China’s foreign ministry said on Monday that international talks in Saudi Arabia at the weekend on finding a peaceful resolution to the Ukraine crisis had helped “to consolidate international consensus”.
More than 40 countries, including China, India, the United States, and European countries, but not Russia, took part in the Jeddah talks that ended on Sunday.
China sent its Special Envoy for Eurasian Affairs and former ambassador to Russia, Li Hui, who in May toured six European capitals to find common ground for an eventual political settlement of the conflict, now in its 18th month.
Li “had extensive contact and communication with all parties on the political settlement of the Ukraine crisis… listened to all sides’ opinions and proposals, and further consolidated international consensus,” the foreign ministry said in a written statement to Reuters.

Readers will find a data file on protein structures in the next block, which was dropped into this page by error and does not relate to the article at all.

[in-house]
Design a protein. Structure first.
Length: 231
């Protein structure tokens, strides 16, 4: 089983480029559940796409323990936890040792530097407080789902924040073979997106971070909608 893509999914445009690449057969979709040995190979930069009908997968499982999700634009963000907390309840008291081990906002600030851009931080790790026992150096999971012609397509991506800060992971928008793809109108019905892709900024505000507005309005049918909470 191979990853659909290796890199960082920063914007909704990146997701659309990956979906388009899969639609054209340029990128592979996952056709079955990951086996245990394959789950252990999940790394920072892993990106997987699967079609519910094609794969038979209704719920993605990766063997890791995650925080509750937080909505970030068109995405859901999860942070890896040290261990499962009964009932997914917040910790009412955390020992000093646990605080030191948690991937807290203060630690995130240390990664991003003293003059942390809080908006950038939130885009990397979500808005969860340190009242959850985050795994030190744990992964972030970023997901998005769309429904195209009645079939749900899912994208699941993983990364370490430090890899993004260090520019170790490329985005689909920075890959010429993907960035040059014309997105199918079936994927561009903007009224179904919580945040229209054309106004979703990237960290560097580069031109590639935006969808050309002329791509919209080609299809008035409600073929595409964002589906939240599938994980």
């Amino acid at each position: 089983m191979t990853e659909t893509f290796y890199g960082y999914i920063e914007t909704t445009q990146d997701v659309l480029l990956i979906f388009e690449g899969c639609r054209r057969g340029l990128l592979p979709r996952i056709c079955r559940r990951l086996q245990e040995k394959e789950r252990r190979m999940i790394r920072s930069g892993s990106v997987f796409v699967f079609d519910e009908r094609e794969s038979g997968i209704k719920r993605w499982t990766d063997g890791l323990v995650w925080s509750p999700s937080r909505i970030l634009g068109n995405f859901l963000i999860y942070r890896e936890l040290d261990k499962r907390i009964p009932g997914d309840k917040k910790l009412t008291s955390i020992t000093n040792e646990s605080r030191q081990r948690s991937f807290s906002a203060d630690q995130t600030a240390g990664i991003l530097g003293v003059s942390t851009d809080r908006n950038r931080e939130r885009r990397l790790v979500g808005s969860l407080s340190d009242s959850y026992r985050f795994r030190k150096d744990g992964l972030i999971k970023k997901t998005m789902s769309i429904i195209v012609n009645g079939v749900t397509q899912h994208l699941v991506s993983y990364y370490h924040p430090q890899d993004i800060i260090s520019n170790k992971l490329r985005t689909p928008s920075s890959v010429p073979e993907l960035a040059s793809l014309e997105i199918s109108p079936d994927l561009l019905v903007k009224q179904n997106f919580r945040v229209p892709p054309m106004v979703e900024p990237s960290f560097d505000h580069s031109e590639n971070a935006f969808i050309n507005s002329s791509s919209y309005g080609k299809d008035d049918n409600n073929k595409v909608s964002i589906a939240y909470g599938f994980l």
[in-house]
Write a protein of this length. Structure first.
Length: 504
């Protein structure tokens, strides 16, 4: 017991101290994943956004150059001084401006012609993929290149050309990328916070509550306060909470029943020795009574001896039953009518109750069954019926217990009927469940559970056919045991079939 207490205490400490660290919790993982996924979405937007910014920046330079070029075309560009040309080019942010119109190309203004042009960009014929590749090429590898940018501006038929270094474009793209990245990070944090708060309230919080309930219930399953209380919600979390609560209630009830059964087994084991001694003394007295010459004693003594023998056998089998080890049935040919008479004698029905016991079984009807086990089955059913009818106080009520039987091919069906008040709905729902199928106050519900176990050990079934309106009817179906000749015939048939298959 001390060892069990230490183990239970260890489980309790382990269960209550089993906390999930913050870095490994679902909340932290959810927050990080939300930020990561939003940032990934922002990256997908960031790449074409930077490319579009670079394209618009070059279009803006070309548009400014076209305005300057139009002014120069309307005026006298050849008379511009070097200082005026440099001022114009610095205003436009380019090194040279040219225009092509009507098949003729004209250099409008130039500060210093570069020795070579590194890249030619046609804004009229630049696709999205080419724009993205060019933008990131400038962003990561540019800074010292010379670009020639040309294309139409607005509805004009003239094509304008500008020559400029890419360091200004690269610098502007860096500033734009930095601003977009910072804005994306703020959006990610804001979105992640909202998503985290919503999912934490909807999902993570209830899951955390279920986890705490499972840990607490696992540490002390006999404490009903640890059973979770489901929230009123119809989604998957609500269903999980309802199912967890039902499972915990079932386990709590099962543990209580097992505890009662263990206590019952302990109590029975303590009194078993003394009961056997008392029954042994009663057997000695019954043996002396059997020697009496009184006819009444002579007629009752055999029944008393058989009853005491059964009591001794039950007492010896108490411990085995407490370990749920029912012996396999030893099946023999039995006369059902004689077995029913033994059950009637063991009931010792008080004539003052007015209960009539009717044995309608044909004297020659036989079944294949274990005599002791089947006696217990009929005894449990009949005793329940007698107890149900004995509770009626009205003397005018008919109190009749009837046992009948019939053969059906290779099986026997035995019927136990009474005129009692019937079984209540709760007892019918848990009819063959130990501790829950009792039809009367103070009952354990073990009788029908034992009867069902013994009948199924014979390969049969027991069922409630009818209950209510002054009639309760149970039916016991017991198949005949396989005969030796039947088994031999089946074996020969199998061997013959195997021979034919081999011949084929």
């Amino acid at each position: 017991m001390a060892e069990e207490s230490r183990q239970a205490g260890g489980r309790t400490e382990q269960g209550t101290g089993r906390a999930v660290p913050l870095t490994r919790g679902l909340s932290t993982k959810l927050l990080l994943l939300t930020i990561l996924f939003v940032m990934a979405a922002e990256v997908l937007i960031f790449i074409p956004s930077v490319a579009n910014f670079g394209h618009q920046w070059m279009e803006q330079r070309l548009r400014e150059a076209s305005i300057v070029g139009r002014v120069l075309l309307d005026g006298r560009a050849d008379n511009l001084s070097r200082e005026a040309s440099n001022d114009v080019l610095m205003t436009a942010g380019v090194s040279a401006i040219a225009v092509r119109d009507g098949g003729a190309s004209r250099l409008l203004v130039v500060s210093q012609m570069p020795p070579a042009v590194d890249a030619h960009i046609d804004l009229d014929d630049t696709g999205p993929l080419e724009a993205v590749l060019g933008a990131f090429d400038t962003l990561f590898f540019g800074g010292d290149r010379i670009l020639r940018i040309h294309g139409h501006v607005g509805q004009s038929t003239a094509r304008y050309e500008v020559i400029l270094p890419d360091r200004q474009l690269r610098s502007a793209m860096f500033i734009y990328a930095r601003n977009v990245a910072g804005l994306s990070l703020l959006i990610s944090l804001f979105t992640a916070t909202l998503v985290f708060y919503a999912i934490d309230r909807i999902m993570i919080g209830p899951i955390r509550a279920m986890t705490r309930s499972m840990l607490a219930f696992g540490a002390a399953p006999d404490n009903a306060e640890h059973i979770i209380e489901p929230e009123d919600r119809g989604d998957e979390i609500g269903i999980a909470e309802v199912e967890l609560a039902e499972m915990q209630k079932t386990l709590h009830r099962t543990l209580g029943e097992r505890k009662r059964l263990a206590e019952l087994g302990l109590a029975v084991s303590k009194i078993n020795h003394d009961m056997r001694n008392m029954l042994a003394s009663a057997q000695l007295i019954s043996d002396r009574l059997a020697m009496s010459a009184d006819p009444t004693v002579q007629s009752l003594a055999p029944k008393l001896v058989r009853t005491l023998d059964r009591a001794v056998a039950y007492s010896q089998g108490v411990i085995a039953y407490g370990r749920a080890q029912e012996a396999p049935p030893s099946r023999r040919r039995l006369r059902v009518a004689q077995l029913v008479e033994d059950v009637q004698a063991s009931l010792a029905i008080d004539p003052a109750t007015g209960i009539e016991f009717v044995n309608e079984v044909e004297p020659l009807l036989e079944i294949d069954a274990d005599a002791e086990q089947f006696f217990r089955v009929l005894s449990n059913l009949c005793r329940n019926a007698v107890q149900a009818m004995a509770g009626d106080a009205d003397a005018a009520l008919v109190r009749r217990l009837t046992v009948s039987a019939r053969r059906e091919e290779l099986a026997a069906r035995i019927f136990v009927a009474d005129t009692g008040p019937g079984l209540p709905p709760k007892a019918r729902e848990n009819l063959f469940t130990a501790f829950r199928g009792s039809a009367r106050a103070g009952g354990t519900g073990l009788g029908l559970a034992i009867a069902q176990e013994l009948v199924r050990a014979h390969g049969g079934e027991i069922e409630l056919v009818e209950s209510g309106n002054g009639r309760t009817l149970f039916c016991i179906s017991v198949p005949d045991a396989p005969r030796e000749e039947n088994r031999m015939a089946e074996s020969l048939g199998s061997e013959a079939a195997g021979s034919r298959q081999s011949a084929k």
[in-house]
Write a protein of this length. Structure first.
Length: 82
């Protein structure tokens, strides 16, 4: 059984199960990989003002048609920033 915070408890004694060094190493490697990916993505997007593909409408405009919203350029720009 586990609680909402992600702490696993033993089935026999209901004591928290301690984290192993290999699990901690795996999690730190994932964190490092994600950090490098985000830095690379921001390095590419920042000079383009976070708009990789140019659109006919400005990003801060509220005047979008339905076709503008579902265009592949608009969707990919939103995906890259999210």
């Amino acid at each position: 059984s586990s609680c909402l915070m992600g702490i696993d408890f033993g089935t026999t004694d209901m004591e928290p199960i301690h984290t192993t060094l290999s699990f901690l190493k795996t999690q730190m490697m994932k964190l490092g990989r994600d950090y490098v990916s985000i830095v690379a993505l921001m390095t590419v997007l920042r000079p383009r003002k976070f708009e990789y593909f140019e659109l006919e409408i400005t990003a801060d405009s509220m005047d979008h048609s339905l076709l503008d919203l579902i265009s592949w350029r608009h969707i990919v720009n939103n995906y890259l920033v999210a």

“All parties positively commented on Li Hui’s attendance, and fully backed China’s positive role in facilitating peace talks,” the statement said.
China will continue to strengthen dialogue based on its 12-point peace proposal, and “accumulate mutual trust”, it said, without going into specific details.
China’s attendance signals possible shifts in Beijing’s approach but not a U-turn in its support for Moscow, analysts said.
Beijing has refused to condemn Moscow for the invasion it launched in February 2022. But it has offered its own peace plan, which received a lukewarm response in both Russia and Ukraine while the United States and NATO were skeptical.
The two-day meeting in Jeddah was part of a diplomatic push by Ukraine to build support beyond its core Western backers by reaching out to Global South countries that have been reluctant to take sides in a conflict that has hit the global economy.